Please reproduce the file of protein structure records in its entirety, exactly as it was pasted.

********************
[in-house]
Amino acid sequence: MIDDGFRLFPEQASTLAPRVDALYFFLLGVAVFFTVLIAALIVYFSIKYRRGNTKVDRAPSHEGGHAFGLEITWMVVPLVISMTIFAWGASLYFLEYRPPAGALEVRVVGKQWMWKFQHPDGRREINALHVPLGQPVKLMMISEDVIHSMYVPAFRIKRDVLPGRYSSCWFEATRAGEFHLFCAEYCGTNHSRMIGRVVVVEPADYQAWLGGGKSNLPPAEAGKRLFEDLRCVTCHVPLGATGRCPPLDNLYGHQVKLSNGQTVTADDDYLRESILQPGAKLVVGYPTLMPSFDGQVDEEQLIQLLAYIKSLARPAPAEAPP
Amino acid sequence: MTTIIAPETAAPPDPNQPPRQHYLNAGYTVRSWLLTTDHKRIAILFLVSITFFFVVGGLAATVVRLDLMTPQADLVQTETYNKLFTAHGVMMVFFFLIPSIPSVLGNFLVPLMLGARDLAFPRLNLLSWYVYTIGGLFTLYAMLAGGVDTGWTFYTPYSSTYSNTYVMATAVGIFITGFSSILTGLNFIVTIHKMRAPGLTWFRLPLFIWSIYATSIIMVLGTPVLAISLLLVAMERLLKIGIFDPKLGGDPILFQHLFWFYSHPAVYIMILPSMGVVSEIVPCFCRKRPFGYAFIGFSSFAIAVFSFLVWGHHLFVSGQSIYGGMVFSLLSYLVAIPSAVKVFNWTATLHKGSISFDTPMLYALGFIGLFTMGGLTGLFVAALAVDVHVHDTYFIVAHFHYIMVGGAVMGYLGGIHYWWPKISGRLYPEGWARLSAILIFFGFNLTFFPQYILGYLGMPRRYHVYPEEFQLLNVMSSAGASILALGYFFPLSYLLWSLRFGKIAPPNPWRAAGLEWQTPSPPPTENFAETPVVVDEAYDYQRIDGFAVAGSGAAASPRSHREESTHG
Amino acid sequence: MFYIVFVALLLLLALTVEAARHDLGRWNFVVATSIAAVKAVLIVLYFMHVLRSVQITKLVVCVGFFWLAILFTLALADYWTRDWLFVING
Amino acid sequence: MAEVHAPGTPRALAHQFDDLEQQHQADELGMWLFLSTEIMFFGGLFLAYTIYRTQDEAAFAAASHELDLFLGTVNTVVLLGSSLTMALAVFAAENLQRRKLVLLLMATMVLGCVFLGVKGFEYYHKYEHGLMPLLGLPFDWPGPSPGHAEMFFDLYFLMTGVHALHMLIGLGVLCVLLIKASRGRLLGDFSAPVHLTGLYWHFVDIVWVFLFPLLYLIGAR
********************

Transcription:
[in-house]
Amino acid sequence: MIDDGFRLFPEQASTLAPRVDALYFFLLGVAVFFTVLIAALIVYFSIKYRRGNTKVDRAPSHEGGHAFGLEITWMVVPLVISMTIFAWGASLYFLEYRPPAGALEVRVVGKQWMWKFQHPDGRREINALHVPLGQPVKLMMISEDVIHSMYVPAFRIKRDVLPGRYSSCWFEATRAGEFHLFCAEYCGTNHSRMIGRVVVVEPADYQAWLGGGKSNLPPAEAGKRLFEDLRCVTCHVPLGATGRCPPLDNLYGHQVKLSNGQTVTADDDYLRESILQPGAKLVVGYPTLMPSFDGQVDEEQLIQLLAYIKSLARPAPAEAPP
Amino acid sequence: MTTIIAPETAAPPDPNQPPRQHYLNAGYTVRSWLLTTDHKRIAILFLVSITFFFVVGGLAATVVRLDLMTPQADLVQTETYNKLFTAHGVMMVFFFLIPSIPSVLGNFLVPLMLGARDLAFPRLNLLSWYVYTIGGLFTLYAMLAGGVDTGWTFYTPYSSTYSNTYVMATAVGIFITGFSSILTGLNFIVTIHKMRAPGLTWFRLPLFIWSIYATSIIMVLGTPVLAISLLLVAMERLLKIGIFDPKLGGDPILFQHLFWFYSHPAVYIMILPSMGVVSEIVPCFCRKRPFGYAFIGFSSFAIAVFSFLVWGHHLFVSGQSIYGGMVFSLLSYLVAIPSAVKVFNWTATLHKGSISFDTPMLYALGFIGLFTMGGLTGLFVAALAVDVHVHDTYFIVAHFHYIMVGGAVMGYLGGIHYWWPKISGRLYPEGWARLSAILIFFGFNLTFFPQYILGYLGMPRRYHVYPEEFQLLNVMSSAGASILALGYFFPLSYLLWSLRFGKIAPPNPWRAAGLEWQTPSPPPTENFAETPVVVDEAYDYQRIDGFAVAGSGAAASPRSHREESTHG
Amino acid sequence: MFYIVFVALLLLLALTVEAARHDLGRWNFVVATSIAAVKAVLIVLYFMHVLRSVQITKLVVCVGFFWLAILFTLALADYWTRDWLFVING
Amino acid sequence: MAEVHAPGTPRALAHQFDDLEQQHQADELGMWLFLSTEIMFFGGLFLAYTIYRTQDEAAFAAASHELDLFLGTVNTVVLLGSSLTMALAVFAAENLQRRKLVLLLMATMVLGCVFLGVKGFEYYHKYEHGLMPLLGLPFDWPGPSPGHAEMFFDLYFLMTGVHALHMLIGLGVLCVLLIKASRGRLLGDFSAPVHLTGLYWHFVDIVWVFLFPLLYLIGAR